Adams Family Correspondence, volume 3

John Thaxter to Abigail Adams

John Adams to Isaac Smith Sr.

John Adams to Abigail Adams, 19 April 1778 JA AA John Adams to Abigail Adams, 19 April 1778 Adams, John Adams, Abigail
John Adams to Abigail Adams
My dearest Friend Passy, near Paris April 19. 1778

This Letter will be conveyed to you by Sir James Jay and Mr. Digges. Sir James is a Brother of the Chief Justice of N. York.1 Mr. Digges is of one of the southern states.2

I never felt myself under so much Embarrassment in Writing because there never was so much Danger of my Letters falling into British Hands.

I am pleasantly situated at Passi, a fine airy, salubrious Situation, in the same House with Dr. Franklin, with whom I make one Family. The Dr. is in fine Health and great Reputation.

Long before this Reaches you, the News will have arrived of the Treaty between this Kingdom and America, a great Event indeed in our History, which cannot fail to have the most important and decisive Effects.

The Trade between the two Countries will vastly increase and the Security of it, will make it more profitable.

My dear Johnny is well fixed in a school,3 and his Behaviour does Honour to his Mamma.

My Love to my dear Daughter, and my dear sons at home.

I am yours, ever, ever yours, John Adams

RC (Adams Papers.)


Sir James Jay (1732–1815), M.D. Edinburgh 1753, knighted by George III in 1763, after sundry adventures on both sides of the Atlantic because his 15political views were suspected by both Americans and British, was to serve as JA's physician during the latter's grave illness at Auteuil in the fall of 1783. His erratic conduct angered his brother John, and his career and views remain obscure to this day. See Sir James Jay to American Commissioners, 14 April 1778 (PPAmP:Franklin Papers); JA to Arthur Lee, 6 April 1784 (Adams Papers); Jay, Correspondence and Public Papers , 1:236; 2:297–298; JA, Diary and Autobiography , 3:143–144; Stokes, Iconography of Manhattan Island , 5:1145; Monaghan, John Jay , p. 29, 32, 37–38, 215; Appletons' Cyclo. Amer. Biog. ; Morris, Peacemakers , p. 298–299, 359–360, 433.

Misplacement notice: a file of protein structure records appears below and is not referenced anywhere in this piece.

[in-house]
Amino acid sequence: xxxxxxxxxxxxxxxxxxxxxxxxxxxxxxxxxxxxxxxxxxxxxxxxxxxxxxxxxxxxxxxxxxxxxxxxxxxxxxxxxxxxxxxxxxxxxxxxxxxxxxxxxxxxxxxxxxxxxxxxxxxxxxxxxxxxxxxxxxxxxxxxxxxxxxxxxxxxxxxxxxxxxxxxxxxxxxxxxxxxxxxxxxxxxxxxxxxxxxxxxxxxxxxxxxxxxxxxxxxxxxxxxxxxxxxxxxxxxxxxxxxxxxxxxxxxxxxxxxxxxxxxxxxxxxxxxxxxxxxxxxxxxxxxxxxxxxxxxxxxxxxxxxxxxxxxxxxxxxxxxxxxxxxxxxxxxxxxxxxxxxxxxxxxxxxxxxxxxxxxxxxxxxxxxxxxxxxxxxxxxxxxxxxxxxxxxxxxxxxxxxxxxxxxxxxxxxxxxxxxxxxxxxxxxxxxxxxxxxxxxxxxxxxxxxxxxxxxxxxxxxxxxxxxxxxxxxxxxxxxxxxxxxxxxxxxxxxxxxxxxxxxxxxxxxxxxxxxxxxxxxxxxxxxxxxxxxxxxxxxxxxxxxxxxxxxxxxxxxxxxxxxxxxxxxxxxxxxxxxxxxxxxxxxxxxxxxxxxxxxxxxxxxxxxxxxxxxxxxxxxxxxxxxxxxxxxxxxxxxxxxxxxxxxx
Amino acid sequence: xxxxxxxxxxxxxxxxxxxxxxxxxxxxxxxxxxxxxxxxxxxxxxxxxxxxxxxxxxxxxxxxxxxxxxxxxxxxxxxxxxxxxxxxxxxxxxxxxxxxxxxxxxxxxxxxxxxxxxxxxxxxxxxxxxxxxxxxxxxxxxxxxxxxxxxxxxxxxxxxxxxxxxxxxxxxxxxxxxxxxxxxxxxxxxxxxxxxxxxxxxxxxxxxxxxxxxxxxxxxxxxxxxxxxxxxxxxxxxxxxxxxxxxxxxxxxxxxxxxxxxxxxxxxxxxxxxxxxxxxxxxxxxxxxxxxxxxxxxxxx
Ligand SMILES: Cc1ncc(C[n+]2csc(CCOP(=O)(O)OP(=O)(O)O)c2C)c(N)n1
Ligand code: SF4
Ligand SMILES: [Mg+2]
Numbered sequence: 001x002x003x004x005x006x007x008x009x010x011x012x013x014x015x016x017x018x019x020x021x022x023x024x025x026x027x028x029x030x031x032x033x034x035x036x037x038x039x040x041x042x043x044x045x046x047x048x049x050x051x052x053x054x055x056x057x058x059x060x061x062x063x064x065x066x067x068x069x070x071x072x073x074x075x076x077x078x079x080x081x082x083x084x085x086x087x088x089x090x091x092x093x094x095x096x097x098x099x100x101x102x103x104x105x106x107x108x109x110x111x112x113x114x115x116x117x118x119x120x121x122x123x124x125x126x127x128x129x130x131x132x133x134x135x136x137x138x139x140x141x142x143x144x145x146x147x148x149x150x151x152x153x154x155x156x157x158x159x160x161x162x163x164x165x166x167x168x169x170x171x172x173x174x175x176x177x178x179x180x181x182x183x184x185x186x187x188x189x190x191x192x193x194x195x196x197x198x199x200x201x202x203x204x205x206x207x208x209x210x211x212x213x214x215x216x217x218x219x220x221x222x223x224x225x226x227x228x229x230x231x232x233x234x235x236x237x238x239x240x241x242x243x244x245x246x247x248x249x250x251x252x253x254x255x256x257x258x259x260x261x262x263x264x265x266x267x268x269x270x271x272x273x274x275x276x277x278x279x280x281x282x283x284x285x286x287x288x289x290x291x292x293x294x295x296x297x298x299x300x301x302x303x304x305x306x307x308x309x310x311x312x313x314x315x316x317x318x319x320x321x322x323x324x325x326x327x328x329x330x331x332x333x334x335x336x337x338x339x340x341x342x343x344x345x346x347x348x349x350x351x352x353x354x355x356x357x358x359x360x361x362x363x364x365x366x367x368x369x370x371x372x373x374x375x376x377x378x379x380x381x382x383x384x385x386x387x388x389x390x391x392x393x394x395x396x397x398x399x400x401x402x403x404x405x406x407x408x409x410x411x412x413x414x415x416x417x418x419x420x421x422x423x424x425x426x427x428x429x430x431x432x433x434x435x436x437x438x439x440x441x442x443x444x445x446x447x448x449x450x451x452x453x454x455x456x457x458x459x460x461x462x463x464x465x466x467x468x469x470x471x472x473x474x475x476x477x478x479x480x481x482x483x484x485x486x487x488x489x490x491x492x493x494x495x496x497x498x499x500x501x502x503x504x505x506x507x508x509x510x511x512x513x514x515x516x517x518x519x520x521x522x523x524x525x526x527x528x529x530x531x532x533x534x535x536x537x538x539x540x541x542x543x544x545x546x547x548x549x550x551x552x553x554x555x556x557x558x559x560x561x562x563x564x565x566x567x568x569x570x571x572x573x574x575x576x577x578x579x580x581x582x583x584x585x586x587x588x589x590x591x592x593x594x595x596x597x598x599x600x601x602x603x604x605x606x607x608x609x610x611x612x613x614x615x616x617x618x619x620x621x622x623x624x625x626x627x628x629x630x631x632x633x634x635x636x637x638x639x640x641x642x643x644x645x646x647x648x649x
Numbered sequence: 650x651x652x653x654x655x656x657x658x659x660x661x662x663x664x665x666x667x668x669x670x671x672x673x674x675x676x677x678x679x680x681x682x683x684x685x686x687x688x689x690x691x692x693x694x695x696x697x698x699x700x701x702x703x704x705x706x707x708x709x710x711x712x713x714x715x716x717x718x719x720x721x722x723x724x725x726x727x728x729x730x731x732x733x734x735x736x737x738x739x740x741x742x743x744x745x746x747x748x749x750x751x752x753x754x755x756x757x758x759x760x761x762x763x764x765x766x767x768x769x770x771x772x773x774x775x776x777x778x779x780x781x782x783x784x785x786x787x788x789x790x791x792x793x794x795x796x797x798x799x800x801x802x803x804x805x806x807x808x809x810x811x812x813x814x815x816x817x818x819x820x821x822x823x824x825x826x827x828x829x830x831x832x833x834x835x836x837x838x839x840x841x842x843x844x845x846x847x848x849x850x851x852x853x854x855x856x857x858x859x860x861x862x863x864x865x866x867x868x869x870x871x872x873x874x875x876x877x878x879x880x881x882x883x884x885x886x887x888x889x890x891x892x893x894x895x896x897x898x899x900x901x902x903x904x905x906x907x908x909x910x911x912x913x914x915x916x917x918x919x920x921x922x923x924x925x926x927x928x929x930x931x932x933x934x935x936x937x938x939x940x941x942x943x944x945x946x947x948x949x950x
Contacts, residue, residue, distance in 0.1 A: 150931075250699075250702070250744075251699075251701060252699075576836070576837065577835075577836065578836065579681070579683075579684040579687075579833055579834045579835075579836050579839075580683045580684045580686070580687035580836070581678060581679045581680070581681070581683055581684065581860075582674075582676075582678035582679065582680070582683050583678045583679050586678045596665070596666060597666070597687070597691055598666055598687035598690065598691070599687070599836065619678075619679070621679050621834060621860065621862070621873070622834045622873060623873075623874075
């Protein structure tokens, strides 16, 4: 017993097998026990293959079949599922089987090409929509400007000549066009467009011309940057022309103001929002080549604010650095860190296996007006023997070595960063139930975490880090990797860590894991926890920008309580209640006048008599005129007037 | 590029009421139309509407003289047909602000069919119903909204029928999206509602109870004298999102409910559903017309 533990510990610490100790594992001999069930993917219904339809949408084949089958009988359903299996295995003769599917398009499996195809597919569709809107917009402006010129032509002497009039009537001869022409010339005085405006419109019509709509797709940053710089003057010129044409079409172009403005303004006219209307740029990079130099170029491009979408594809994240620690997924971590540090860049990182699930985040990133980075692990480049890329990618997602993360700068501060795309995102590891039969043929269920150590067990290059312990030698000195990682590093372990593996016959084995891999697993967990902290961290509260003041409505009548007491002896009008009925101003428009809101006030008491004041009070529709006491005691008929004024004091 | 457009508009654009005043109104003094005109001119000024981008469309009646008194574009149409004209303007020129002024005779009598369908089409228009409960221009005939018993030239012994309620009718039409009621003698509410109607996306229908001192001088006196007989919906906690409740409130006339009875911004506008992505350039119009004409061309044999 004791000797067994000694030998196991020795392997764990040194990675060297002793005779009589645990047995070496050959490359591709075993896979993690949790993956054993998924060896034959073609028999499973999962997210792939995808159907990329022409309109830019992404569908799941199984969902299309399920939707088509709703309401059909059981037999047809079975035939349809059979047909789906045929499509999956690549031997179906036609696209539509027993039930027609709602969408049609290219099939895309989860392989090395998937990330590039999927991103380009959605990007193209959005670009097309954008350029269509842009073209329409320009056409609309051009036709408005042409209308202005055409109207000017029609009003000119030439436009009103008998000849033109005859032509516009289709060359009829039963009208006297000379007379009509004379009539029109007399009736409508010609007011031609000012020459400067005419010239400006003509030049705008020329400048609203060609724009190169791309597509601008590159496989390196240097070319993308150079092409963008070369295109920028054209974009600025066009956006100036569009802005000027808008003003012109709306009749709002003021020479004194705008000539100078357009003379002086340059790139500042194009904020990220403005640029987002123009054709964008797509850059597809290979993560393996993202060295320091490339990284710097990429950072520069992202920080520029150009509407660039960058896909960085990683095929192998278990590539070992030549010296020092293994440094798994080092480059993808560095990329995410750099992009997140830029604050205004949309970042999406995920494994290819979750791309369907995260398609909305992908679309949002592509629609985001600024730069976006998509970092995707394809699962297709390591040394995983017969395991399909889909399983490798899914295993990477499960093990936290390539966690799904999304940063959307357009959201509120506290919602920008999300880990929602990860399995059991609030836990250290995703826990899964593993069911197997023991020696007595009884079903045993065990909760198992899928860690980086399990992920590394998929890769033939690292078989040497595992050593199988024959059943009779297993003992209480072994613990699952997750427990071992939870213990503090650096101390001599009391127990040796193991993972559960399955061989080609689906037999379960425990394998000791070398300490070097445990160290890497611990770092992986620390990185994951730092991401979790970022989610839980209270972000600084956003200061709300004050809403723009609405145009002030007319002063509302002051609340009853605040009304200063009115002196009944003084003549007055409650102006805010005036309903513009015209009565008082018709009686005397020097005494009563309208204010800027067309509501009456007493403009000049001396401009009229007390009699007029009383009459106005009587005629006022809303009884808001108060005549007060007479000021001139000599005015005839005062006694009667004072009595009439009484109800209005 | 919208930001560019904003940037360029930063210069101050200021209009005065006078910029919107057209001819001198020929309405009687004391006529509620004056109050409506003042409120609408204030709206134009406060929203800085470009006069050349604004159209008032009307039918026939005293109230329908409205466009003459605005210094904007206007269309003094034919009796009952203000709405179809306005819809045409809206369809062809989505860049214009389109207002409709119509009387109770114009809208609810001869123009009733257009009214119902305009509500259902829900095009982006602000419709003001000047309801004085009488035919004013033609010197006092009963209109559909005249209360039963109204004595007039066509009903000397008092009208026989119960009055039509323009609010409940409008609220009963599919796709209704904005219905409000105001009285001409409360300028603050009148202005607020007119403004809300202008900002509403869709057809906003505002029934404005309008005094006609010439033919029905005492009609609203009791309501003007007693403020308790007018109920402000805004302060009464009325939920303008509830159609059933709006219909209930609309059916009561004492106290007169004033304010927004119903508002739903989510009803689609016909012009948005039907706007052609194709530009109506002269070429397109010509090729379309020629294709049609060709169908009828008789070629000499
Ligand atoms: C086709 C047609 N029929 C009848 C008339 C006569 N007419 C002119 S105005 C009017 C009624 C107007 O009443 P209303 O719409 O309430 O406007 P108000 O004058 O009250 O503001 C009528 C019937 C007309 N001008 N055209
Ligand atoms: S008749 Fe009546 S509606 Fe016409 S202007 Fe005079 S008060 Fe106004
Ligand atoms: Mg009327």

George Digges (1747–1792), younger brother of the better-known Thomas Digges (1742–1821), Marylanders who found themselves in England at the outbreak of the Revolution and had some difficulty in knowing which way to move, if at all. George Digges sailed from France for Boston with Sir James Jay and on 12 Aug. 1778 took an oath of loyalty to his state at Annapolis. See William Bell Clark, “In Defense of Thomas Digges,” PMHB , 77:381–438 (Oct. 1953), especially p. 386–388, 390, 438. Thomas remained in England and became a frequent but secret correspondent of JA. The “Mr. Digges” mentioned by JA in his Diary and Autobiography , under date of 20 April 1778, was therefore George rather than Thomas, and was misidentified by the editors in their note on that entry (vol. 2:304). Thomas, as Mr. Clark's article makes clear, did not come to Paris until the spring of 1779. Jay and Digges arrived in Boston on 1 July (AA to JA, ca. 15 July, below, and note 3 there).


This “pension” school was kept by one Le Coeur in Passy. Among JQA's American schoolmates there were Franklin's grandson, Benjamin Franklin Bache; Jesse, son of Silas Deane; and Charles B. Cochran, evidently a South Carolinian. See JQA to AA, 20 April, below; Le Coeur to JA, 31 July, also below; JQA to Charles B. Cochran, 18 July 1814 (RC, privately owned, printed in AHR , 15:572–574 [April 1910]); JA, Diary and Autobiography , 2:301; 4:58.